Georgia’s new hands-free driving law has been in effect for under a week now and while some law enforcement agencies are actively enforcing the law using citations, others are setting a grace period to educate drivers on the new law.
If you’re still not sure what is and isn’t allowed under the new law, you can read up on it here.
While you may be aware of how your city or county is handling the law this month, chances are you will be driving across city and county lines at some point. Here is a rundown of how some of Georgia’s counties and municipalities are handling the early days of the new law.
Georgia State Patrol
The Georgia State Patrol is actively pulling drivers over for violations of the new law. As of July 4, the Georgia State Patrol reported troopers had stopped more than 100 people for violating the hands-free law.
Alpharetta police are warning drivers that there is no statutory grace period. The law is being actively enforced.
Many officers will be issuing warnings for violations in the first months of the law as part of the education effort, but citations can and will be issued where officers believe they are warranted, especially those violations that involve traffic crashes.
Cobb Police are issuing verbal or written warnings for the first month of the new law, but may issue citations if the violation results in a traffic crash.
The Forsyth County Sheriff’s office will have what Forsyth’s sheriff describes as an “impromptu grace period,” where drivers will be given warnings unless the officer deems the violation was putting other drivers in danger. Like Dalton, there is no publicly-available end date for the grace period.
Gwinnett Officials told the AJC that police there plan to issue warnings and educational pamphlets until Aug. 1
The Sheriff’s office didn’t start issuing citations for violations of the new law until Wednesday. According to the Augusta Chronicle, officers were stationed at high-accident intersections Monday with signs warning drivers about the hands-free law.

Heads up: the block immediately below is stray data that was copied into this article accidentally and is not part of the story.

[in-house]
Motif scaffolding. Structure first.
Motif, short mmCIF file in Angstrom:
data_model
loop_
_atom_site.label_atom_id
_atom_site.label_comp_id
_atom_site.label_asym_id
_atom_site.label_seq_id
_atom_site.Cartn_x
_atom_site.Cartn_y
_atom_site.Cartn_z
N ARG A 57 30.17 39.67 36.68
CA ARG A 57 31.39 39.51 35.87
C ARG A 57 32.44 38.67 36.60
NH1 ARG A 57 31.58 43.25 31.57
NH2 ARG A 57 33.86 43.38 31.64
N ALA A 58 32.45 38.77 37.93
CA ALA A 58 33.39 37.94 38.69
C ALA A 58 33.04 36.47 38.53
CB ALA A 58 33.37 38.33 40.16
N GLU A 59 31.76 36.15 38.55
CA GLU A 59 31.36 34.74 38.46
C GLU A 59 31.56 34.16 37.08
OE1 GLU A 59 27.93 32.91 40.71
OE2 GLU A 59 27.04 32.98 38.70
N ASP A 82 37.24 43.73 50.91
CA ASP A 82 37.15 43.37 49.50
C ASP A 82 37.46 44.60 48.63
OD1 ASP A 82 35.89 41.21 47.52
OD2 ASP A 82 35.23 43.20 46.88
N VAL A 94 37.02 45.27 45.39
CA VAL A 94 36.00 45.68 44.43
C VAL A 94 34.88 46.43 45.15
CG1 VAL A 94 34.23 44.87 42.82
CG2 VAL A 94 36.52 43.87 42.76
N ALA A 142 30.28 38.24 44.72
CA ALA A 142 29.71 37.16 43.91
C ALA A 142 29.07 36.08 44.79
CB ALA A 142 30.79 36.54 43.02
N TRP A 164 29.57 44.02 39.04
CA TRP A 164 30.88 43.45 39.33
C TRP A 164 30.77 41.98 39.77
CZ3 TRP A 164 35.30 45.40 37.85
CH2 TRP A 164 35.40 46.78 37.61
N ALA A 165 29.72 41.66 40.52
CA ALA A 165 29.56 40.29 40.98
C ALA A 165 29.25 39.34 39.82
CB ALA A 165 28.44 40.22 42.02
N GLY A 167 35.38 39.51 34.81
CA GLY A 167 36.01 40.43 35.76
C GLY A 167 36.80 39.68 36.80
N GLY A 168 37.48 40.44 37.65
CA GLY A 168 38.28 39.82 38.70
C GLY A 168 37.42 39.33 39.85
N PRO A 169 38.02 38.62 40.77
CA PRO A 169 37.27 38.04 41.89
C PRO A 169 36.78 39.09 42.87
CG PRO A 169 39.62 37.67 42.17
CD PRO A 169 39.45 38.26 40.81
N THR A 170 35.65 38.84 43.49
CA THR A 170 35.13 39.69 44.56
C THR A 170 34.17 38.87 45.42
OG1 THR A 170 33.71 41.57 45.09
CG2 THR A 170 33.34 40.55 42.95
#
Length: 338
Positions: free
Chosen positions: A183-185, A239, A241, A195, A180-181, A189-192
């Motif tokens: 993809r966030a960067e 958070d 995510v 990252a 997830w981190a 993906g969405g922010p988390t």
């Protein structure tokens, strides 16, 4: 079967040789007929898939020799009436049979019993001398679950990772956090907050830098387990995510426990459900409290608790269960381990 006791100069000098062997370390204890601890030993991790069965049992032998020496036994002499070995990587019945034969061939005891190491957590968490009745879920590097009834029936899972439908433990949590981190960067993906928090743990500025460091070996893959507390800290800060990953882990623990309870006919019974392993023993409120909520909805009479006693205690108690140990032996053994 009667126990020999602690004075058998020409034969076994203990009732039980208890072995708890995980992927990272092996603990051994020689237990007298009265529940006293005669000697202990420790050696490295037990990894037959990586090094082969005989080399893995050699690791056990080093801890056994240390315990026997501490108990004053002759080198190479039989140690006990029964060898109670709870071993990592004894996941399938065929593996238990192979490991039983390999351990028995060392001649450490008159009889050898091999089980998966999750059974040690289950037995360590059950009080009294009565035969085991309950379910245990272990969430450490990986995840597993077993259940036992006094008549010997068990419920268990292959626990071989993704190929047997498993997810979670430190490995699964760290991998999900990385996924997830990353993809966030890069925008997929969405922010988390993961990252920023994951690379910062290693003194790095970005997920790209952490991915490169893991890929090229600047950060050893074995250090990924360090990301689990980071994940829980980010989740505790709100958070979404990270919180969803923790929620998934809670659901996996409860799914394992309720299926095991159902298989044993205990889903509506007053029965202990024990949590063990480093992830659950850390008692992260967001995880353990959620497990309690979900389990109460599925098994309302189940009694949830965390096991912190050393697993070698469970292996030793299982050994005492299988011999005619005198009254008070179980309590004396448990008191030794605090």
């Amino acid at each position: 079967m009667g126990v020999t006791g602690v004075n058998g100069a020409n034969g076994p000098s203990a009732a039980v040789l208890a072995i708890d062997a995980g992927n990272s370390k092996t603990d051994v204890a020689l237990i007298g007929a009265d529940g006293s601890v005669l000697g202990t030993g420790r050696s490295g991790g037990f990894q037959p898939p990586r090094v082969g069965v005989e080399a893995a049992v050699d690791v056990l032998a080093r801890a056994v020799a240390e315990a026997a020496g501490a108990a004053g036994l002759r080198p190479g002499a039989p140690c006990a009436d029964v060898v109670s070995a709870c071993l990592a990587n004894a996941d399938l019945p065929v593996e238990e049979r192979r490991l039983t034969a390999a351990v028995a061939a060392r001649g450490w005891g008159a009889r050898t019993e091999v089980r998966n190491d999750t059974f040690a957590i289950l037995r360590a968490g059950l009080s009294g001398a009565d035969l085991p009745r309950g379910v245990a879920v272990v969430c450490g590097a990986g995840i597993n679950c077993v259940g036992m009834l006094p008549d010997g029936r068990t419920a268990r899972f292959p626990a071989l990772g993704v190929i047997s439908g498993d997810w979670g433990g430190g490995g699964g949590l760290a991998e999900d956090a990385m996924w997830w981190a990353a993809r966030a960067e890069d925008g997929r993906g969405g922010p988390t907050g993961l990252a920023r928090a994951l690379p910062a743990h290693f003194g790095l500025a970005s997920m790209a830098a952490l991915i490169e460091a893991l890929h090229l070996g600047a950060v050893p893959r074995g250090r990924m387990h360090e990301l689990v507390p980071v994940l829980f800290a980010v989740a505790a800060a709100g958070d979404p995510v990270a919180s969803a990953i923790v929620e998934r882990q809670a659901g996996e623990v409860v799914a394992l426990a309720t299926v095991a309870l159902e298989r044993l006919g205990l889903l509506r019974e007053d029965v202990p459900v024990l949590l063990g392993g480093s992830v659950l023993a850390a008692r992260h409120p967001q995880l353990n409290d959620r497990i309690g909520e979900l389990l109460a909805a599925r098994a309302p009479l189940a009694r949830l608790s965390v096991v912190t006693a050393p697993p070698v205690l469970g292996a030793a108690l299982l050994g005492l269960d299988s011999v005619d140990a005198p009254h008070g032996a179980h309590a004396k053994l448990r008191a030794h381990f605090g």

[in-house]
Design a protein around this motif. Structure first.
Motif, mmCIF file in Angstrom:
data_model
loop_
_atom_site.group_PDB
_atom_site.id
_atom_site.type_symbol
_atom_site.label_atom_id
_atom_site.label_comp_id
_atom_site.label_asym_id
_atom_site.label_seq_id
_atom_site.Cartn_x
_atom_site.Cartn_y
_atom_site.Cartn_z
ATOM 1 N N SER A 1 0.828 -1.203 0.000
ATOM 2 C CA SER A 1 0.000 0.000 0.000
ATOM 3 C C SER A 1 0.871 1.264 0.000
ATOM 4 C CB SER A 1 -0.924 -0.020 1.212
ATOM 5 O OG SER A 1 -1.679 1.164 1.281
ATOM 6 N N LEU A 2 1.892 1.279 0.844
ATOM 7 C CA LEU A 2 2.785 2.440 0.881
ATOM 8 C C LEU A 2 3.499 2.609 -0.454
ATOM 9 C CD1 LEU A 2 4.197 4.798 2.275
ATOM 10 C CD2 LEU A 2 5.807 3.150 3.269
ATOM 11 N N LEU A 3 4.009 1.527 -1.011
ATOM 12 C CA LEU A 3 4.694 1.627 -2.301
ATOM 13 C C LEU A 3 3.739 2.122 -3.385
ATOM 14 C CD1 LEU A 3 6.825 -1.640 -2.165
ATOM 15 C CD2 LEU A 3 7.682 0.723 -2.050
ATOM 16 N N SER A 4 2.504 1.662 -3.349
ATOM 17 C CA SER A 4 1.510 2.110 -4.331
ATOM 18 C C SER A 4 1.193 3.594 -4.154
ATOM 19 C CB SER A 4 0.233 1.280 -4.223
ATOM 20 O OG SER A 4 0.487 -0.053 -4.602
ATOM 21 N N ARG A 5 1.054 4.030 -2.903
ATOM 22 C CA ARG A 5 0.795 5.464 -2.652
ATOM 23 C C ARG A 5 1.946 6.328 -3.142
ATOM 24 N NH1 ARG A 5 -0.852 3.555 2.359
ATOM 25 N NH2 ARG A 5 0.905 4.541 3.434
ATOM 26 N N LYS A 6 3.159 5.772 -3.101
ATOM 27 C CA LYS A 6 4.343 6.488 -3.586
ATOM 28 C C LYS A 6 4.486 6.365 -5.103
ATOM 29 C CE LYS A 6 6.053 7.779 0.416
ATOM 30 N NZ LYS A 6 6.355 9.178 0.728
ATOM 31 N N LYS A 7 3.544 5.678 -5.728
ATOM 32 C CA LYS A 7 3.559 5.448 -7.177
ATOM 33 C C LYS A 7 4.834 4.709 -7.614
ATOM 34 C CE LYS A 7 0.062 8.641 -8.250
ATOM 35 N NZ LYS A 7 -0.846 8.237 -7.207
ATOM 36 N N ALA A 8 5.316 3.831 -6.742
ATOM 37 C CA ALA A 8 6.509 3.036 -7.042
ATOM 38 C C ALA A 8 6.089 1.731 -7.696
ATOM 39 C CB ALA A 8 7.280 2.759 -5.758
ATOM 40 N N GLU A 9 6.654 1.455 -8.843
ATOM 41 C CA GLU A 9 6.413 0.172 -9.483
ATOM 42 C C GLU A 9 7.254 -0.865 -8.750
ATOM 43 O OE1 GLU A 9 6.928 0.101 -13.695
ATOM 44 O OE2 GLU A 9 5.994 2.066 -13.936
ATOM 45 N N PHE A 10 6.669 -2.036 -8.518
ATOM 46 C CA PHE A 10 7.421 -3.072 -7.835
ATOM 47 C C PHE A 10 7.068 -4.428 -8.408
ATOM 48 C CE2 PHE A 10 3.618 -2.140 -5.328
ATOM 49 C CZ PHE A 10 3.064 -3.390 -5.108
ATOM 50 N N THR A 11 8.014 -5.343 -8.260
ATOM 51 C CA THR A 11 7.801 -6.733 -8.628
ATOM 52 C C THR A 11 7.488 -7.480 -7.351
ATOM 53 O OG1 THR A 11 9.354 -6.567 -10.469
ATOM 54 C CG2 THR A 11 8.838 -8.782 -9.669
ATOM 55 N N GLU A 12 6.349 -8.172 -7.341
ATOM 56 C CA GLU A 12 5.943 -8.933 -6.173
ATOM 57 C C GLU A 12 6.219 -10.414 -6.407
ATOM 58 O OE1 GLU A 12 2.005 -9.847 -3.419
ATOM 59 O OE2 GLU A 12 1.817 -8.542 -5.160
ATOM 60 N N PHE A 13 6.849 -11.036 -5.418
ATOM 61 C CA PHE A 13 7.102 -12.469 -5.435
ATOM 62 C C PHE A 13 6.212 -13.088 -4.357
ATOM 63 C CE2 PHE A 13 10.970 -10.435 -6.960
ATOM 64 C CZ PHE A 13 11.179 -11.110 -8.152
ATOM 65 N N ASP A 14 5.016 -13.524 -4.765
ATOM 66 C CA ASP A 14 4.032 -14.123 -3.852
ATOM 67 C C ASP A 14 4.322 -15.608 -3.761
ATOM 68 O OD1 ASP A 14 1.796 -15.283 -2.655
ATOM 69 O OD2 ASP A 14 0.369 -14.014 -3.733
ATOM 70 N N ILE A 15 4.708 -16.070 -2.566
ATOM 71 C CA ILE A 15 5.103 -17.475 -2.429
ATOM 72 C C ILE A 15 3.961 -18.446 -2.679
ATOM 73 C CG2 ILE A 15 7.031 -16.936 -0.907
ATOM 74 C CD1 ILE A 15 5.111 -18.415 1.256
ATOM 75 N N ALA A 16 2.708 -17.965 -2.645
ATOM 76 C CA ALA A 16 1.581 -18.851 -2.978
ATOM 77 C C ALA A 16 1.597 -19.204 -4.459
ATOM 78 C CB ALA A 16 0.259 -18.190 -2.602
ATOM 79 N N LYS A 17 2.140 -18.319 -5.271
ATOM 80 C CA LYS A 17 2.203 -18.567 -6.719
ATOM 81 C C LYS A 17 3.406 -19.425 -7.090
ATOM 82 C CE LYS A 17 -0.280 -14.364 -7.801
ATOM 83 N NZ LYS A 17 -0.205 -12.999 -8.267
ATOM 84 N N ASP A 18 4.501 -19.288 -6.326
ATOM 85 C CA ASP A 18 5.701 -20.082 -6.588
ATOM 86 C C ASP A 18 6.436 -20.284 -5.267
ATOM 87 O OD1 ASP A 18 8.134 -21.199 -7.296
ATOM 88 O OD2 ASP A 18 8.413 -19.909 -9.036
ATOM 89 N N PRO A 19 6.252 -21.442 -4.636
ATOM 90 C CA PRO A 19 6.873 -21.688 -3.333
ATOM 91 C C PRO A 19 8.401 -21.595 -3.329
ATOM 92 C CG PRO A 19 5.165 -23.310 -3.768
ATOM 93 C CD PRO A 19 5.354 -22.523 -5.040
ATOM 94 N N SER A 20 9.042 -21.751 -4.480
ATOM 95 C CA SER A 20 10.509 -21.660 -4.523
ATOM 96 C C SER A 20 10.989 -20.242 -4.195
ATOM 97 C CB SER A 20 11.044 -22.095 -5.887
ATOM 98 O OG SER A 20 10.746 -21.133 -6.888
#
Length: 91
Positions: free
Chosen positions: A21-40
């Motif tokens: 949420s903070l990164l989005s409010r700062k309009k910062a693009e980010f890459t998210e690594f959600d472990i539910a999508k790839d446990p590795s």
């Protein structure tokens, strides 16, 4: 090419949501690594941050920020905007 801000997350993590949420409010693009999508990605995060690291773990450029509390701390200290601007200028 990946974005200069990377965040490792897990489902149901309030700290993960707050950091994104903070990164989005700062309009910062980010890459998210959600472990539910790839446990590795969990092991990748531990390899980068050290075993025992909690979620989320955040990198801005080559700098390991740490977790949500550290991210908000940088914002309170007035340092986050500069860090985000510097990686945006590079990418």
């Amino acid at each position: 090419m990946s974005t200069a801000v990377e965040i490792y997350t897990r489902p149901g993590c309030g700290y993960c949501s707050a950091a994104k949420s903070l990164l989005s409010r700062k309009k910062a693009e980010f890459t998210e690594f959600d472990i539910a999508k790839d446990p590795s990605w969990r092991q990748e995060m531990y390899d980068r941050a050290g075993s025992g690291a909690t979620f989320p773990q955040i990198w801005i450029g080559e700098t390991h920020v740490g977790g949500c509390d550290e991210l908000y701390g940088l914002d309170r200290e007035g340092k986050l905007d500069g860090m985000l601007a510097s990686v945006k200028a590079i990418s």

Savannah Police say they are planning to issue warnings for the first 30 days of the law in an effort to work with drivers, according to the Savannah Morning News.
Fulton County is among several law enforcement agencies where police officers can choose to issue a warning or a citation at the officer’s discretion based on the situation, according to Neighbor Newspapers.
Like Fulton County, Baldwin County police intend to give drivers a 30-day grace period, but whether or not a motorist gets a citation is left up to the officer’s discretion.
Source: The Union-Recorder
Officers are conducting a safety initiative during the first week the law is in effect. This includes signage and safety checkpoints during the week. However, officials told the Cherokee Tribune that there will be no grace period.
Dalton Police will observe a grace period for the new law, but be careful. The department isn’t telling the public how long that grace period will last.
Source: The Valdosta Daily Times
Columbus police will use some discretion, but are actively enforcing the law with no grace period.
Source: The Ledger-Enquirer
Question: What has your experience with the new hands-free driving law been? Have you been pulled over? Share your stories in the comments section below.